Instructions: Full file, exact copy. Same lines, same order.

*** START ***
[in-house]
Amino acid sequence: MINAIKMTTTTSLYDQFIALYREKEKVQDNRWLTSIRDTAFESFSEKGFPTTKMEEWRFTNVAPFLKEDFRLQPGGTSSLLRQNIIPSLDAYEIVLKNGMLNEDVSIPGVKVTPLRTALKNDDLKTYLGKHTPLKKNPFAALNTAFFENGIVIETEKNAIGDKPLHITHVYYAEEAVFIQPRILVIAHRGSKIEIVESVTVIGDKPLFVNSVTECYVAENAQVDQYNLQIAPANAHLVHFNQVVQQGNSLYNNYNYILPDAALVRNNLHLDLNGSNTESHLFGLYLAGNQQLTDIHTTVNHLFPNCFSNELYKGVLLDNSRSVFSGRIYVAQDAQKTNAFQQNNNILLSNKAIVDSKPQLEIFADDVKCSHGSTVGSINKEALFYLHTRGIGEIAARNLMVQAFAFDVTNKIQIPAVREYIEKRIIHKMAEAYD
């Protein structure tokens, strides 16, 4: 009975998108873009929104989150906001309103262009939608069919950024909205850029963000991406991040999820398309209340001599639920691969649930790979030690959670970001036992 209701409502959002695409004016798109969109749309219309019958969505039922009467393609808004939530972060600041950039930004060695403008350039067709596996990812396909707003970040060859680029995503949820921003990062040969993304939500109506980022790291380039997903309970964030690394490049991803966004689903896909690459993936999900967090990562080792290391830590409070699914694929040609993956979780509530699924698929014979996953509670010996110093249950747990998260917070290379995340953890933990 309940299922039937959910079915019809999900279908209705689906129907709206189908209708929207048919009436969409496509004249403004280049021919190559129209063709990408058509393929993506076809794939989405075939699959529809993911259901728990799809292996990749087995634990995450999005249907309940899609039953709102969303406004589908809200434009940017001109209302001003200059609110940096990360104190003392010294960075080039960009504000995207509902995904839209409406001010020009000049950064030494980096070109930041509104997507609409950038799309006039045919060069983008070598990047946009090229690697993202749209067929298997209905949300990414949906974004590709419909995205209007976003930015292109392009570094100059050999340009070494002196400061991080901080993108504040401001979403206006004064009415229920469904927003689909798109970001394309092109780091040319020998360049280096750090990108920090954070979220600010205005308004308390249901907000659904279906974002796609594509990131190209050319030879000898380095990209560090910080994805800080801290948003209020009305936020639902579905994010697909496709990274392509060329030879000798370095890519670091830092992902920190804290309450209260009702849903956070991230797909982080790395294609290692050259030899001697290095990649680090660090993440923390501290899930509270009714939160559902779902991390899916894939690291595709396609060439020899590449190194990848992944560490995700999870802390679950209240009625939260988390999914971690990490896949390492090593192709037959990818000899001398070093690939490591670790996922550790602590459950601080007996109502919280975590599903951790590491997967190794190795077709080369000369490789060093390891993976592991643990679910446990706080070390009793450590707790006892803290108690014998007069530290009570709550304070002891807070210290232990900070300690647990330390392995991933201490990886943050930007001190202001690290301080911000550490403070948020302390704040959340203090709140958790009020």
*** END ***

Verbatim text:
[in-house]
Amino acid sequence: MINAIKMTTTTSLYDQFIALYREKEKVQDNRWLTSIRDTAFESFSEKGFPTTKMEEWRFTNVAPFLKEDFRLQPGGTSSLLRQNIIPSLDAYEIVLKNGMLNEDVSIPGVKVTPLRTALKNDDLKTYLGKHTPLKKNPFAALNTAFFENGIVIETEKNAIGDKPLHITHVYYAEEAVFIQPRILVIAHRGSKIEIVESVTVIGDKPLFVNSVTECYVAENAQVDQYNLQIAPANAHLVHFNQVVQQGNSLYNNYNYILPDAALVRNNLHLDLNGSNTESHLFGLYLAGNQQLTDIHTTVNHLFPNCFSNELYKGVLLDNSRSVFSGRIYVAQDAQKTNAFQQNNNILLSNKAIVDSKPQLEIFADDVKCSHGSTVGSINKEALFYLHTRGIGEIAARNLMVQAFAFDVTNKIQIPAVREYIEKRIIHKMAEAYD
């Protein structure tokens, strides 16, 4: 009975998108873009929104989150906001309103262009939608069919950024909205850029963000991406991040999820398309209340001599639920691969649930790979030690959670970001036992 209701409502959002695409004016798109969109749309219309019958969505039922009467393609808004939530972060600041950039930004060695403008350039067709596996990812396909707003970040060859680029995503949820921003990062040969993304939500109506980022790291380039997903309970964030690394490049991803966004689903896909690459993936999900967090990562080792290391830590409070699914694929040609993956979780509530699924698929014979996953509670010996110093249950747990998260917070290379995340953890933990 309940299922039937959910079915019809999900279908209705689906129907709206189908209708929207048919009436969409496509004249403004280049021919190559129209063709990408058509393929993506076809794939989405075939699959529809993911259901728990799809292996990749087995634990995450999005249907309940899609039953709102969303406004589908809200434009940017001109209302001003200059609110940096990360104190003392010294960075080039960009504000995207509902995904839209409406001010020009000049950064030494980096070109930041509104997507609409950038799309006039045919060069983008070598990047946009090229690697993202749209067929298997209905949300990414949906974004590709419909995205209007976003930015292109392009570094100059050999340009070494002196400061991080901080993108504040401001979403206006004064009415229920469904927003689909798109970001394309092109780091040319020998360049280096750090990108920090954070979220600010205005308004308390249901907000659904279906974002796609594509990131190209050319030879000898380095990209560090910080994805800080801290948003209020009305936020639902579905994010697909496709990274392509060329030879000798370095890519670091830092992902920190804290309450209260009702849903956070991230797909982080790395294609290692050259030899001697290095990649680090660090993440923390501290899930509270009714939160559902779902991390899916894939690291595709396609060439020899590449190194990848992944560490995700999870802390679950209240009625939260988390999914971690990490896949390492090593192709037959990818000899001398070093690939490591670790996922550790602590459950601080007996109502919280975590599903951790590491997967190794190795077709080369000369490789060093390891993976592991643990679910446990706080070390009793450590707790006892803290108690014998007069530290009570709550304070002891807070210290232990900070300690647990330390392995991933201490990886943050930007001190202001690290301080911000550490403070948020302390704040959340203090709140958790009020």